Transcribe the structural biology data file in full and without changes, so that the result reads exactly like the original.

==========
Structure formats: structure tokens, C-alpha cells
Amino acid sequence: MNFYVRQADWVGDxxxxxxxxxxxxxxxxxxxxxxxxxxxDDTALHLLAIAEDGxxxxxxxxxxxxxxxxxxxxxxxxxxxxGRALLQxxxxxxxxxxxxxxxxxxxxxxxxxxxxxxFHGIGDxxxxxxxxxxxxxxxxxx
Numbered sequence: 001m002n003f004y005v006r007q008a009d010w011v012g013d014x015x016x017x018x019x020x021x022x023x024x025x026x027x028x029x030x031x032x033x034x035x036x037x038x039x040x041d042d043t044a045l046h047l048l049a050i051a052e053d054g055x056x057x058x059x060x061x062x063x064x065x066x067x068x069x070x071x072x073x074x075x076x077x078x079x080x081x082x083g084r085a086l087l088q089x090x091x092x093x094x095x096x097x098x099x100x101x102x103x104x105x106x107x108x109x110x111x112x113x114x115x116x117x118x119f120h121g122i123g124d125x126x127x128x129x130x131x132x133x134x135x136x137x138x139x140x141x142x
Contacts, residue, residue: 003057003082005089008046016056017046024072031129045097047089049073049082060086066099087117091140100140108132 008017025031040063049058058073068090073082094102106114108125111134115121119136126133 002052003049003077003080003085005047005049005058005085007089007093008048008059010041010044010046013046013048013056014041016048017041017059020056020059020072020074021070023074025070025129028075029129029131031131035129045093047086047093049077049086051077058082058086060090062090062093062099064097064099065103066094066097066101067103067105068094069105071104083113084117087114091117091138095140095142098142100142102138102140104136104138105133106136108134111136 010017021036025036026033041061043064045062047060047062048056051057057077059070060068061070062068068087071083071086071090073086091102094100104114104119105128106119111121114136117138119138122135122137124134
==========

Structure formats: structure tokens, C-alpha cells
Amino acid sequence: MNFYVRQADWVGDxxxxxxxxxxxxxxxxxxxxxxxxxxxDDTALHLLAIAEDGxxxxxxxxxxxxxxxxxxxxxxxxxxxxGRALLQxxxxxxxxxxxxxxxxxxxxxxxxxxxxxxFHGIGDxxxxxxxxxxxxxxxxxx
Numbered sequence: 001m002n003f004y005v006r007q008a009d010w011v012g013d014x015x016x017x018x019x020x021x022x023x024x025x026x027x028x029x030x031x032x033x034x035x036x037x038x039x040x041d042d043t044a045l046h047l048l049a050i051a052e053d054g055x056x057x058x059x060x061x062x063x064x065x066x067x068x069x070x071x072x073x074x075x076x077x078x079x080x081x082x083g084r085a086l087l088q089x090x091x092x093x094x095x096x097x098x099x100x101x102x103x104x105x106x107x108x109x110x111x112x113x114x115x116x117x118x119f120h121g122i123g124d125x126x127x128x129x130x131x132x133x134x135x136x137x138x139x140x141x142x
Contacts, residue, residue: 003057003082005089008046016056017046024072031129045097047089049073049082060086066099087117091140100140108132 008017025031040063049058058073068090073082094102106114108125111134115121119136126133 002052003049003077003080003085005047005049005058005085007089007093008048008059010041010044010046013046013048013056014041016048017041017059020056020059020072020074021070023074025070025129028075029129029131031131035129045093047086047093049077049086051077058082058086060090062090062093062099064097064099065103066094066097066101067103067105068094069105071104083113084117087114091117091138095140095142098142100142102138102140104136104138105133106136108134111136 010017021036025036026033041061043064045062047060047062048056051057057077059070060068061070062068068087071083071086071090073086091102094100104114104119105128106119111121114136117138119138122135122137124134